Crisis Weighs on Securitized Mortgage Loan Performance

The performance of securitized residential and commercial mortgage loans is expected to further deteriorate in 2010 and for several years to come.

Loss mitigation and modification efforts of servicers of securitized residential mortgage loans have not been able to avoid redefault among "a sizeable amount of these loans."

Commenting on that, and other findings from a recent Fitch Ratings report, Fitch managing director Diane Pendley warned that many distressed mortgage loans, including modified loans, "will not see a final resolution until well into 2012." Other industry resources indicate the effect of the crisis will remain strong on the performance of both the residential and commercial mortgage security markets.

Mortgage Bankers Association findings show the CMBS market will not improve any time soon.

Quarter-to-quarter delinquency rates for all commercial/multifamily mortgage investor groups reviewed by the banking group continued to increase in the first quarter, with securitized loans reaching their highest level since the series began in 1997.

Interventions to improve loan performance though modifications or short sales, which have gained popularity in the recent past, create loss mitigation options but also add pressure to both servicers and borrowers.

In the residential market, assets in short sales are in competition with other distressed properties and will result in a borrower losing a home, says Pendley.

This competition ultimately results in redefault.

Servicers are now praised for making some progress in helping improve loan performance through the Home Affordable Modification Program and for also bringing non-HAMP solutions to the market.

Fitch reports that by May 2010 approximately 15% of all RMBS loans had received a modification either through the federal or the private sector, increasing 5% from September 2009.

During the same timeframe the number of subprime loan RMBS that received at least one modification increased by 10% to almost 35%.

HAMP data so far does not match with stated goals to complete sustainable modifications.

Treasury-imposed changes to HAMP that require servicers to re-analyze and rework every distressed loan file will further impact future progress, says Pendley, and the final determination of HAMP's ultimate effectiveness will continue to be delayed. For example, potential new moratoriums are threatened to not go through and mandated mediations before foreclosures are being required by more states.

Fitch projections reiterate the expectation to see 65% to 75% of subprime and alt-A loans that have been modified will redefault within 2010. Prime loans will perform slightly better at anywhere from 55% to 65%.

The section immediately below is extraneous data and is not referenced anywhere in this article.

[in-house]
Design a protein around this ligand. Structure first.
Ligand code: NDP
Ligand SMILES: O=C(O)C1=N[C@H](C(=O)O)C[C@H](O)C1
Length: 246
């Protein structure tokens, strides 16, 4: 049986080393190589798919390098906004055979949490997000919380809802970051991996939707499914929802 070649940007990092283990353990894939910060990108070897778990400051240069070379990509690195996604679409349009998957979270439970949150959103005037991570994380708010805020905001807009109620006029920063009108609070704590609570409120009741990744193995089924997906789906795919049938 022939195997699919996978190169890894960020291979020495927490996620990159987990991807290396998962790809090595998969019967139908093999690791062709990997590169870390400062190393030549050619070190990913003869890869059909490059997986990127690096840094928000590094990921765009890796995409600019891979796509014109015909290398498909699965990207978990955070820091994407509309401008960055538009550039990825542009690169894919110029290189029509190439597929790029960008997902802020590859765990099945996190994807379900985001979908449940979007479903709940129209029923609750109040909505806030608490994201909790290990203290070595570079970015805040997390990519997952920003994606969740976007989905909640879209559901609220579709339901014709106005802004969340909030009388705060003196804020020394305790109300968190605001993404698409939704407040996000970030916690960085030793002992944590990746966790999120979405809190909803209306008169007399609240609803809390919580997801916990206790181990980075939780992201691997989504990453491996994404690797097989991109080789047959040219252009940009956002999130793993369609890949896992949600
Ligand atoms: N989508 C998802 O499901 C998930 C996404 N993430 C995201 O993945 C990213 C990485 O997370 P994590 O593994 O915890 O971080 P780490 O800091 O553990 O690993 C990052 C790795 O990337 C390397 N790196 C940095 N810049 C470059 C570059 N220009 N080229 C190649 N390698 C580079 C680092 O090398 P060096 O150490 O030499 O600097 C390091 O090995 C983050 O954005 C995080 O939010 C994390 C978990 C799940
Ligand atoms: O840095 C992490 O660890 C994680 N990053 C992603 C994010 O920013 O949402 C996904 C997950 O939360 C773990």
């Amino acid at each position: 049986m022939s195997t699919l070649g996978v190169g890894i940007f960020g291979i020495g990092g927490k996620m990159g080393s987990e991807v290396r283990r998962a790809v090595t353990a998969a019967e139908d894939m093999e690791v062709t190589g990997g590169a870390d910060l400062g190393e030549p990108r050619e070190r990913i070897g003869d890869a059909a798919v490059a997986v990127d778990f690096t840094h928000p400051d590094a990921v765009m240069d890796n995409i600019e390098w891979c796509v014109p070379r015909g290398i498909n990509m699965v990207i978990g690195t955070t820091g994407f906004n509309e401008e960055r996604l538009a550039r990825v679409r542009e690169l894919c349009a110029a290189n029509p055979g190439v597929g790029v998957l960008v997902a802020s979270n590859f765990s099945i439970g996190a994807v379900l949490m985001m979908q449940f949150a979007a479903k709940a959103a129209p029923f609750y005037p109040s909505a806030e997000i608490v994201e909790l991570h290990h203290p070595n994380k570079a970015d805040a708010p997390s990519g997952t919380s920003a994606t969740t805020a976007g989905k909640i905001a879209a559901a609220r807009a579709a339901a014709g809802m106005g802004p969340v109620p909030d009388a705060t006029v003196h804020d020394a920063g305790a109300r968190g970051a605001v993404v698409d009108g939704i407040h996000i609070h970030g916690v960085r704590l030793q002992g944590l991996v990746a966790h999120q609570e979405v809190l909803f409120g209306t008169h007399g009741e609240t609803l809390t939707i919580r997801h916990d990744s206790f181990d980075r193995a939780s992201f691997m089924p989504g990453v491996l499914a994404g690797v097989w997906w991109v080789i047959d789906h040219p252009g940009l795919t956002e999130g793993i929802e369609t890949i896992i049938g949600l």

So far nearly 15% of all modified RMBS loans went into default and received "at least one additional modification," which is part of the reason why since mid-2009 lenders and servicers were focusing more on short-sale options that minimize losses for both the borrower and the investor. California has emerged as the capital of such sales as up to 50% of all short sales were closed there.

Pendley recognizes that the strategy has benefits, but also warns that assets in short sale are bound to compete with other distressed properties and bring borrowers to foreclosure.

An MBA snapshot of the CMBS market does not look very promising either.

The MBA Commercial/Multifamily Delinquency Report shows that compared to the fourth quarter of 2009 the 30-plus-day delinquency rate on loans held in commercial mortgage-backed securities climbed 1.54 percentage points to 7.24%.

Delinquencies for five of the largest investor-groups reviewed—commercial banks and thrifts, CMBS, life insurance companies, Fannie Mae and Freddie Mac—"remain below levels seen in the early 1990s, some by large margins," the MBA said.

The 60-plus-day delinquency rates increased on loans held in life company portfolios by 0.12 percentage points to 0.31%, on multifamily loans held or insured by Fannie Mae by 0.16 percentage points to 0.79%, and on multifamily loans held or insured by Freddie Mac increased 0.05 percentage points to 0.24%. The 90-plus-day delinquencies on loans held by FDIC-insured banks and thrifts also increased by 0.32 percentage points to 4.24%.

These finding are significant since together these groups hold over 80% of commercial/multifamily mortgage debt outstanding—excluding construction and development loans, which are not presented in the report.

Jamie Woodwell, MBA's vice president of commercial real estate research, attributed the deterioration to the economic weakness noting that unless there is growth "specifically in areas of jobs and consumer spending" the CRE mortgage market will not be stabilizing any time soon.